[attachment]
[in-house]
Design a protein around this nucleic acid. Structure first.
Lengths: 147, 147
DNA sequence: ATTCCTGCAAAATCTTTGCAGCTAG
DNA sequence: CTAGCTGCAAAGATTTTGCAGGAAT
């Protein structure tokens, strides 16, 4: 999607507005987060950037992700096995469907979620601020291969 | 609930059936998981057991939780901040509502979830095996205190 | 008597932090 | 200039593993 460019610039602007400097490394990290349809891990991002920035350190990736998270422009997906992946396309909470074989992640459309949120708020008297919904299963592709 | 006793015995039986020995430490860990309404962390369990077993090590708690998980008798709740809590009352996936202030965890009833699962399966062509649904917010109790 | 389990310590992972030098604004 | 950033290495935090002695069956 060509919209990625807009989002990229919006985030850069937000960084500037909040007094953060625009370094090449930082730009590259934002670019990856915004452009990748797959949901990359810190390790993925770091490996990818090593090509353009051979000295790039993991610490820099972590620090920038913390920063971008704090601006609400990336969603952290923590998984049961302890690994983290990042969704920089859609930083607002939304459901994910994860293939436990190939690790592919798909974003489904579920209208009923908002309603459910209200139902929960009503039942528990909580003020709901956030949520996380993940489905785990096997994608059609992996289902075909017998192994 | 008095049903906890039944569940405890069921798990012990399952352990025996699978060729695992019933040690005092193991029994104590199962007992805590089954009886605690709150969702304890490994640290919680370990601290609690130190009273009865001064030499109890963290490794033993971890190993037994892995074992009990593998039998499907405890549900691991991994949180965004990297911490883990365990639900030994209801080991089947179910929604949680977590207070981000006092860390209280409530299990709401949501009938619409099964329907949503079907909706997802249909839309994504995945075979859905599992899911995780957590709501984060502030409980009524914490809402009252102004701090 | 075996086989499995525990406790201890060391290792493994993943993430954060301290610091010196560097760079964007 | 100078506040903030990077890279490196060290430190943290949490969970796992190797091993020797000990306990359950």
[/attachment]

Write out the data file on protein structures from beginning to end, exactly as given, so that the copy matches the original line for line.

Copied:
[in-house]
Design a protein around this nucleic acid. Structure first.
Lengths: 147, 147
DNA sequence: ATTCCTGCAAAATCTTTGCAGCTAG
DNA sequence: CTAGCTGCAAAGATTTTGCAGGAAT
């Protein structure tokens, strides 16, 4: 999607507005987060950037992700096995469907979620601020291969 | 609930059936998981057991939780901040509502979830095996205190 | 008597932090 | 200039593993 460019610039602007400097490394990290349809891990991002920035350190990736998270422009997906992946396309909470074989992640459309949120708020008297919904299963592709 | 006793015995039986020995430490860990309404962390369990077993090590708690998980008798709740809590009352996936202030965890009833699962399966062509649904917010109790 | 389990310590992972030098604004 | 950033290495935090002695069956 060509919209990625807009989002990229919006985030850069937000960084500037909040007094953060625009370094090449930082730009590259934002670019990856915004452009990748797959949901990359810190390790993925770091490996990818090593090509353009051979000295790039993991610490820099972590620090920038913390920063971008704090601006609400990336969603952290923590998984049961302890690994983290990042969704920089859609930083607002939304459901994910994860293939436990190939690790592919798909974003489904579920209208009923908002309603459910209200139902929960009503039942528990909580003020709901956030949520996380993940489905785990096997994608059609992996289902075909017998192994 | 008095049903906890039944569940405890069921798990012990399952352990025996699978060729695992019933040690005092193991029994104590199962007992805590089954009886605690709150969702304890490994640290919680370990601290609690130190009273009865001064030499109890963290490794033993971890190993037994892995074992009990593998039998499907405890549900691991991994949180965004990297911490883990365990639900030994209801080991089947179910929604949680977590207070981000006092860390209280409530299990709401949501009938619409099964329907949503079907909706997802249909839309994504995945075979859905599992899911995780957590709501984060502030409980009524914490809402009252102004701090 | 075996086989499995525990406790201890060391290792493994993943993430954060301290610091010196560097760079964007 | 100078506040903030990077890279490196060290430190943290949490969970796992190797091993020797000990306990359950």